Thursday, January 24, 2019

Little Known about Fungi Defense

A New York Times article discussed about how little is known concerning fungi's defense system. Humans are capable of sending and receiving nerve impulses and plants have the vascular system; fungi lack these processes. In a recent study, scientists gave mushrooms to nematodes who digest fungi. Unknowingly, the mushroom sensed the presence of invaders and sent signals throughout the body. Under a microscope, researchers added a dye, which exhibited genes that turned on as the signal traveled through the mushroom. Gene activation enabled the mushrooms to produce poison for the foreigner. There is sparse insight about fungi defense mechanism and some scientists predict there may be some chemical signaling distinct from animals or plants.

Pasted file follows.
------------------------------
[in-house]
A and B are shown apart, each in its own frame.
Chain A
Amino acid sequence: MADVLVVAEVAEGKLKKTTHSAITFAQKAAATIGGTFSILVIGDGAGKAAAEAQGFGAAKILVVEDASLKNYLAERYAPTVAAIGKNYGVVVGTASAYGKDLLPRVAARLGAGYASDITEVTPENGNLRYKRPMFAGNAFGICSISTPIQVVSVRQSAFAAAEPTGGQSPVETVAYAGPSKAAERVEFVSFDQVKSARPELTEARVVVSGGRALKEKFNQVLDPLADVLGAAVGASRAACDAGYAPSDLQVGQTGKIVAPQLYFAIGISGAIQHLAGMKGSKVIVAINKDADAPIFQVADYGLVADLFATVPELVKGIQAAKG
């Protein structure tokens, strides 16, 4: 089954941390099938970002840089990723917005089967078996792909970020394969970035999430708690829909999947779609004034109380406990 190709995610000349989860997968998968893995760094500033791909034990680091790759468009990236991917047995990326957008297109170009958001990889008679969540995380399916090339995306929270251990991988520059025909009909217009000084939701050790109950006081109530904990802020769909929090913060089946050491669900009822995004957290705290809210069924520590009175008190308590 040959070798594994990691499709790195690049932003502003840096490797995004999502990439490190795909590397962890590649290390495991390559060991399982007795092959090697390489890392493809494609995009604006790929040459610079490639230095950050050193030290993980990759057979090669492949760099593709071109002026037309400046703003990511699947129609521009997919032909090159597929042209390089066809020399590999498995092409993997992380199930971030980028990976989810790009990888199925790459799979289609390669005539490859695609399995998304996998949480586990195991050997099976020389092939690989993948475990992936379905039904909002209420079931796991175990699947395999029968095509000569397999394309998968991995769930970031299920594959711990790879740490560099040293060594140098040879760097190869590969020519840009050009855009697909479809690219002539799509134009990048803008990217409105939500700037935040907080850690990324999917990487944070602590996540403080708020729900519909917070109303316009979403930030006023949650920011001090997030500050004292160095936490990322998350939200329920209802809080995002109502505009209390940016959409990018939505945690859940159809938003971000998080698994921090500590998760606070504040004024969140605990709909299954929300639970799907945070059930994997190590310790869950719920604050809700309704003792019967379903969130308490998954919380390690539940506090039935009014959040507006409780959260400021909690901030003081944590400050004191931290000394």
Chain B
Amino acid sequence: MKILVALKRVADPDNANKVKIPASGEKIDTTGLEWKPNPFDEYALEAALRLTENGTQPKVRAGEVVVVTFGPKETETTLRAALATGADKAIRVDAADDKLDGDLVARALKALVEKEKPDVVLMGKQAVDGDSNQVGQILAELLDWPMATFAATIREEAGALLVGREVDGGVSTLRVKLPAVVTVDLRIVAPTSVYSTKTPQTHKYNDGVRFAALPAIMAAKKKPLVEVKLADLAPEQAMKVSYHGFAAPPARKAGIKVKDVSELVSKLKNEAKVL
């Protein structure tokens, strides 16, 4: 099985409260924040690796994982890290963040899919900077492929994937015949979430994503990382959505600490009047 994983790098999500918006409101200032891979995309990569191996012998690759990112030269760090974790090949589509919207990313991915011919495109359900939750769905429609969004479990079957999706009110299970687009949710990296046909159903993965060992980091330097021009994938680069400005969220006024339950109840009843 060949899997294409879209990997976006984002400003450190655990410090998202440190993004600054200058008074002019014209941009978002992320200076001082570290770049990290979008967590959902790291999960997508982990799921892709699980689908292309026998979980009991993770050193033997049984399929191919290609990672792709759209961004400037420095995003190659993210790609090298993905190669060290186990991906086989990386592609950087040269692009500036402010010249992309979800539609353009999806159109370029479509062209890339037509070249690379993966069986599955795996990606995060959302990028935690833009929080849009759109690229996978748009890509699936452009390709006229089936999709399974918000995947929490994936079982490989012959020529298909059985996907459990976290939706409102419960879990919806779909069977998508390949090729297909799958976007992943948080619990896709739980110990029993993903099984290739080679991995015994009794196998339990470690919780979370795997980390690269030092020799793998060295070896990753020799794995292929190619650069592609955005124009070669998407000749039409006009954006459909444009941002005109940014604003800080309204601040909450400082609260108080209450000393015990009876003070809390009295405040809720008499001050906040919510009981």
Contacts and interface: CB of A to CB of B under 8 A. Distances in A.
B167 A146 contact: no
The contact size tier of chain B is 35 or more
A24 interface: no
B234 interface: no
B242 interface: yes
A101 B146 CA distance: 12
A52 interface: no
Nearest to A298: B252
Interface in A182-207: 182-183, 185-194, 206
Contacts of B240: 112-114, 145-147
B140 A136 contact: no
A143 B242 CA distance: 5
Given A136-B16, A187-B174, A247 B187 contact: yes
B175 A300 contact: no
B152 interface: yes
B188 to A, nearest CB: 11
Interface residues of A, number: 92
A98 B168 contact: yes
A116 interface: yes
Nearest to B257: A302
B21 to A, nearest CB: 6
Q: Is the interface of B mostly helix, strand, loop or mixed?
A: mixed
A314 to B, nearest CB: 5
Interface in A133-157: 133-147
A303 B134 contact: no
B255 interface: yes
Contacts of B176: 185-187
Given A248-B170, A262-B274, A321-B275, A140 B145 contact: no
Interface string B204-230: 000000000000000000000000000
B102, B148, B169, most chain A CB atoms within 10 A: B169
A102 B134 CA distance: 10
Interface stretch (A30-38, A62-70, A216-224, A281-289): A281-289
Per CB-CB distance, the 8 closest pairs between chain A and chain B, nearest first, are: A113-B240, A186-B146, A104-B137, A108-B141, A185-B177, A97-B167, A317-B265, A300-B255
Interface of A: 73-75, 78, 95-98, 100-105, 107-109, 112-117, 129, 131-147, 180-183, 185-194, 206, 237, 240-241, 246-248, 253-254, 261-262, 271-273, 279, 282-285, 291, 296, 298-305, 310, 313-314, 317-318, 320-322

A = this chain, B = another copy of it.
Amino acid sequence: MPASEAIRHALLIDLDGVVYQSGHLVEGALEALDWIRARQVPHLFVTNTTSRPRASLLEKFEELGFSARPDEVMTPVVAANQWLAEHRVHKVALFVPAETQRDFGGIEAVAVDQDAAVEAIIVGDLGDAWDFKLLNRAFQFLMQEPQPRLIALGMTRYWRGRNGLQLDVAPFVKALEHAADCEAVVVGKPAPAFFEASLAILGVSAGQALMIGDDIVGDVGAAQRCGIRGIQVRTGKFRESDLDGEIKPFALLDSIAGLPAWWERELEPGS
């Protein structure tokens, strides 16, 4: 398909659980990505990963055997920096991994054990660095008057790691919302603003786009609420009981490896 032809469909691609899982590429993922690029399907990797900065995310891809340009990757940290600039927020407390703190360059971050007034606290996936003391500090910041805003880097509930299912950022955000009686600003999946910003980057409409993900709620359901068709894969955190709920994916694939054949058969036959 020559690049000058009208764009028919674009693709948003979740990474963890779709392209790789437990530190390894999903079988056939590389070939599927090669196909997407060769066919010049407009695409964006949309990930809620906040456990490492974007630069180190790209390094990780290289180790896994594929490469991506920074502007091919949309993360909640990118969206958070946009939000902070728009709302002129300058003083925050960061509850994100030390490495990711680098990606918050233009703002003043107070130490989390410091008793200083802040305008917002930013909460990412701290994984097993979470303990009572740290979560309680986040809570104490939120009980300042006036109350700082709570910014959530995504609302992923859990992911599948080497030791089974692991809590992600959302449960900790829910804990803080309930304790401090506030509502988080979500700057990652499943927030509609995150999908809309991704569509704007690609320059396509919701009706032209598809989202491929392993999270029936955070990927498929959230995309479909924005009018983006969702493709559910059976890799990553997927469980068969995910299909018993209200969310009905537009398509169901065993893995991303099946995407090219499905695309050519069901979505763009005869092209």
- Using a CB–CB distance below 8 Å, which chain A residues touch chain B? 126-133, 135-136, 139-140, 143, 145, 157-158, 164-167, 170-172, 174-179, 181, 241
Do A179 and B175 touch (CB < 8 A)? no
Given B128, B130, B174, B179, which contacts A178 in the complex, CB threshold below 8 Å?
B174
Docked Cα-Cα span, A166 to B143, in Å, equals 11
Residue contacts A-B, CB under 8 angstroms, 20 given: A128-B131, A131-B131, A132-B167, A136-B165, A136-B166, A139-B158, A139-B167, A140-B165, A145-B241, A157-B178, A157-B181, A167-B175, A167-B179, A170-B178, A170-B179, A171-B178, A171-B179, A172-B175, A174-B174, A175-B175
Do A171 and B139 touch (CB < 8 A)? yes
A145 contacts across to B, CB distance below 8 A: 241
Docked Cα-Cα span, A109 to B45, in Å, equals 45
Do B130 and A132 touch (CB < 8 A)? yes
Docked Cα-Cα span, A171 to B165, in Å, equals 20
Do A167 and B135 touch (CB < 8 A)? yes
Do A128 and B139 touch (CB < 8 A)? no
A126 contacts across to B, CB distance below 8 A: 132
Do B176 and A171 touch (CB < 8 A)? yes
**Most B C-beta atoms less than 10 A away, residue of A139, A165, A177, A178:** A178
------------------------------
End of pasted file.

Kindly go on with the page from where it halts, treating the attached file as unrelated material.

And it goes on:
It is truly baffling that in this day and age with technology booming at a fast pace, there is still so many unanswered questions. Fungi are quite distinct eukaryotic cells that share a closer relation to animals than plants. Their primary role is to decompose and recycle material in the environment. I agree that further scientific investigations should continue in order to properly acknowledge how the defense system of fungi work. It is quite exciting when new information is uncovered and shows how biology evolves.    

1 comment:

  1. What a great article. I can see how you would be surprised that not much is known about the fungi defense systems. It would be interesting to find out exactly what sends out the signals out to the rest of the fungi to react in such a way towards the nematodes.This article reminded me of the time scientists discovered Acacia trees were responsible for the mysterious death of antelopes. I agree with you that more research should be done on the defense system of fungi's.